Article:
Kannapolis delays development approval again — for entirely different reason this time
Published 12:10 am Thursday, April 27, 2023
KANNAPOLIS — After months of delay on approval of a zoning request based on a question of whether or not the developer could be required to tie in to the city sewer system, the city council Monday night changed directions and now appears to be asking the developer to change his zoning application entirely to a different zoning level.
Kannapolis has been mulling the decision to approve a rezoning request from Jack McKinley for Trinity Church and Stirewalt roads that would allow the construction of a new housing development.
McKinley is requesting around 35 acres be conditionally rezoned in order to make room for 56 single family homes to be built. Planning Director Richard Smith previously recommended to council that they approve the request because it is consistent with their 2030 Comprehensive Plan, is compatible with surrounding zoning, won’t affect roads and won’t have an impact on the environment.
Smith pointed out that the recommendation from the planning board is just that, a recommendation. A number of residents in the area have expressed objections to the proposed development, and have said delays are a good thing.
Until this week, the city council had attempted to find a way to require property owner and petitioner Jack McKinley to tie into both city water and sewer, despite the fact that McKinley proposed using, at least in the short term, an independent sewer system.
In mid-March, the council delayed making a decision because council still needed additional information concerning the alternative septic system proposed by McKinley. The one McKinley suggested is a block panel septic system, an effective but expensive network that looks like cinder blocks with the septic going from a pipe into the section of sealed blocks that are put together. He has also repeatedly said he would tie in to the city’s sewer lines if that could happen quickly enough to suit the development timing, but if not, he wanted to move ahead with the septic system.
At Monday night’s meeting, the city council decided to again delay making a final decision on the matter until May 22, when there will be a public hearing about the application for the development under a different zoning regulation.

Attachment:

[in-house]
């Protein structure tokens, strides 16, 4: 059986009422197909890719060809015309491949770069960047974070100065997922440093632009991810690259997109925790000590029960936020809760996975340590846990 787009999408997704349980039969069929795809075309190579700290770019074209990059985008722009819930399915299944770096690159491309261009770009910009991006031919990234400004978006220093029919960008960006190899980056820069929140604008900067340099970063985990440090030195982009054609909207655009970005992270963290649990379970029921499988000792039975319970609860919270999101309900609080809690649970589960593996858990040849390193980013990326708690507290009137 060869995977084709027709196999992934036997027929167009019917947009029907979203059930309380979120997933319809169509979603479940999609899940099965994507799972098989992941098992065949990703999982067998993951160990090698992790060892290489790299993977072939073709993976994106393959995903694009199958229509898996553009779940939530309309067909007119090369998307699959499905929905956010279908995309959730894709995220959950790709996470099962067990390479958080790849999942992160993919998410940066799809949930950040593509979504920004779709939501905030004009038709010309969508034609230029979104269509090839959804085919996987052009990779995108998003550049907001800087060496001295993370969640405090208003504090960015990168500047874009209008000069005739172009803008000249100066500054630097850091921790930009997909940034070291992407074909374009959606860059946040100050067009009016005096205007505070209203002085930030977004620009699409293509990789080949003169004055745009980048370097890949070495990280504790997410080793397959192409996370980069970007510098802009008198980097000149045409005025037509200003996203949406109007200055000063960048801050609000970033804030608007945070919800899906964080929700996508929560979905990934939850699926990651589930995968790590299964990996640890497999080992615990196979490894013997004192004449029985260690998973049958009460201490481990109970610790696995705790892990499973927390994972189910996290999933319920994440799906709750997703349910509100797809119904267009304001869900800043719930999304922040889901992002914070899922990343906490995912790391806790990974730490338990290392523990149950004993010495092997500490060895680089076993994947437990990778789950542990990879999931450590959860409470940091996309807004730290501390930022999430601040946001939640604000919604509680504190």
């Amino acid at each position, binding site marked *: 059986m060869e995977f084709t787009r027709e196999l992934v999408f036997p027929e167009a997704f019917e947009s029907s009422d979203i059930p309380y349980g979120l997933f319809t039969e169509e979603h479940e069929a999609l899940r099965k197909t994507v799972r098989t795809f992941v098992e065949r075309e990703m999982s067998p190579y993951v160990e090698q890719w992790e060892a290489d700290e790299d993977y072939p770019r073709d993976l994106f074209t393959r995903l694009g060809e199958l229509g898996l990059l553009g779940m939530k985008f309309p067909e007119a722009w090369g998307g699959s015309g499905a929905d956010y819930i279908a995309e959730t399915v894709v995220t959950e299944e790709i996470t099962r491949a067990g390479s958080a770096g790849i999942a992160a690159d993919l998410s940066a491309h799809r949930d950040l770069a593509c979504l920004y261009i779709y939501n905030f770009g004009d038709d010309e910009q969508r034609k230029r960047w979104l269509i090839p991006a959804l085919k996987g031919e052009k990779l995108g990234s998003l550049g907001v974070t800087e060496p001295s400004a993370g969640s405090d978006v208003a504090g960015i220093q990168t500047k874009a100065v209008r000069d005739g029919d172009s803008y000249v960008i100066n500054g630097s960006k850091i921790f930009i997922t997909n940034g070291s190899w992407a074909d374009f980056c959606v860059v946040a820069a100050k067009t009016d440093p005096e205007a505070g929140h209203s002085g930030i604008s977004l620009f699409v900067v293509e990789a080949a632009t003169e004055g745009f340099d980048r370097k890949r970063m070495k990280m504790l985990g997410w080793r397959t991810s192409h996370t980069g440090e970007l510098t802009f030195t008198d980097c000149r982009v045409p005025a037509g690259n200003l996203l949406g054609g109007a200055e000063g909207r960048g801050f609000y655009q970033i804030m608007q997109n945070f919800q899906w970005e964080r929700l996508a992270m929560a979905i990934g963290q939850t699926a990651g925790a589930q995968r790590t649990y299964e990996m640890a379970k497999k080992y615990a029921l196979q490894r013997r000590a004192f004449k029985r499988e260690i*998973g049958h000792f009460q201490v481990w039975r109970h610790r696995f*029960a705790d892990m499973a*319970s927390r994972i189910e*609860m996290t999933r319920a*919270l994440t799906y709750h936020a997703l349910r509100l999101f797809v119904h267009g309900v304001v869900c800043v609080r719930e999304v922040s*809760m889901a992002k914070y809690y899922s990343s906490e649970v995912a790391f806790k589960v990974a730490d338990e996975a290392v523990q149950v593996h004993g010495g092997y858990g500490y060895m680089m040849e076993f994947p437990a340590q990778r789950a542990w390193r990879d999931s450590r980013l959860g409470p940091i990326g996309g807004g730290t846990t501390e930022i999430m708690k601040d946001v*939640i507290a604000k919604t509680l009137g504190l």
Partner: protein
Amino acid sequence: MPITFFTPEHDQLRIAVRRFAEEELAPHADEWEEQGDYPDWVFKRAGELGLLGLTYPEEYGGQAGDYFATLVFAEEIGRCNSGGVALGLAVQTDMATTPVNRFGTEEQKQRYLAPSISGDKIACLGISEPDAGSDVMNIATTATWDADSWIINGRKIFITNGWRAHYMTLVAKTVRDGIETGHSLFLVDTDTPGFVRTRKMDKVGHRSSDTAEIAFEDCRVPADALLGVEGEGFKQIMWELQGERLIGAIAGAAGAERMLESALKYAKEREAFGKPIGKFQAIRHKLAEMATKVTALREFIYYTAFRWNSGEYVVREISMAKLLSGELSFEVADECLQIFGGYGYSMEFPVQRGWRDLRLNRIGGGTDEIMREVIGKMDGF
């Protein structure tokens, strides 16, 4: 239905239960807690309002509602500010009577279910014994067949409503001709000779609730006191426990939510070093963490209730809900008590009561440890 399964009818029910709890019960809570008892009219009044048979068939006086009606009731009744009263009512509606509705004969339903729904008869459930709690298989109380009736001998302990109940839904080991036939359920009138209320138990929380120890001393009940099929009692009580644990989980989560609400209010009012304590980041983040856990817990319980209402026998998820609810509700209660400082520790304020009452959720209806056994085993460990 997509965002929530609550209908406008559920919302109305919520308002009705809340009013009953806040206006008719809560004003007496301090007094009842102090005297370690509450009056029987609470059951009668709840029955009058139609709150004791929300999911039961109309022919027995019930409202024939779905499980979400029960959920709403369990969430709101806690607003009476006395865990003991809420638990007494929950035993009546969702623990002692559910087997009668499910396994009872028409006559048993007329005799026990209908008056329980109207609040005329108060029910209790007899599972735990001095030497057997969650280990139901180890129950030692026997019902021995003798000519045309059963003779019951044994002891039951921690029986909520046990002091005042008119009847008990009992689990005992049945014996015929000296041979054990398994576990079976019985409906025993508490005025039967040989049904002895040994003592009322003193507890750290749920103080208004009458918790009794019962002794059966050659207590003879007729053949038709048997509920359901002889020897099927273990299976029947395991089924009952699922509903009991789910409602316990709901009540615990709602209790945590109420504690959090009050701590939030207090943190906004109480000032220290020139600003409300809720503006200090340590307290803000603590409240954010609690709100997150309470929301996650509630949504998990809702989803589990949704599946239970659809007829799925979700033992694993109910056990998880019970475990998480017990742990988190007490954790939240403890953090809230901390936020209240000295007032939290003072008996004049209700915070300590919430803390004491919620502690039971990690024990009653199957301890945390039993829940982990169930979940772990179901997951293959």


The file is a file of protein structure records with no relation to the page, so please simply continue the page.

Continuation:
The initial proposed rezoning request was to change the property to the zone R4-CZ, which requires a lot width of 75 feet and allows density of four units per acre. Council member Doug Wilson brought up the possibility of considering an R2-CZ for the development, which has a lot width of 100 feet and density of two units per acre. The setbacks for R2 are also bigger, meaning the number of lots would decrease by two or three. In addition, the council noted that under an R2 zone, McKinley would be able to use any system he chooses, despite the fact that just recently, Kannapolis Mayor Darrell Hinnant said, “Our difference of opinion is we don’t think he should be talking about septic tanks, we think he should be putting sewer at the location and as a result of that we don’t want him to put septic tanks in.”
“In my opinion, the R2 probably suited the whole situation better than R4 conditional…It still has to be voted on…I personally felt more comfortable with a type of zoning that was not conditional, it was straightforward,” Wilson said.
Petitioner Jack McKinley said he believes the ruling is “another delay tactic by the city.” He has been expecting a resolution since he filed the initial application in October.
“It’s always a positive thing for a rezoning request made to council to happen quickly, but it doesn’t always happen that way. Certainly in rezoning there is no timeframe on which council has to act, if at all,” City Attorney Walter Safrit said.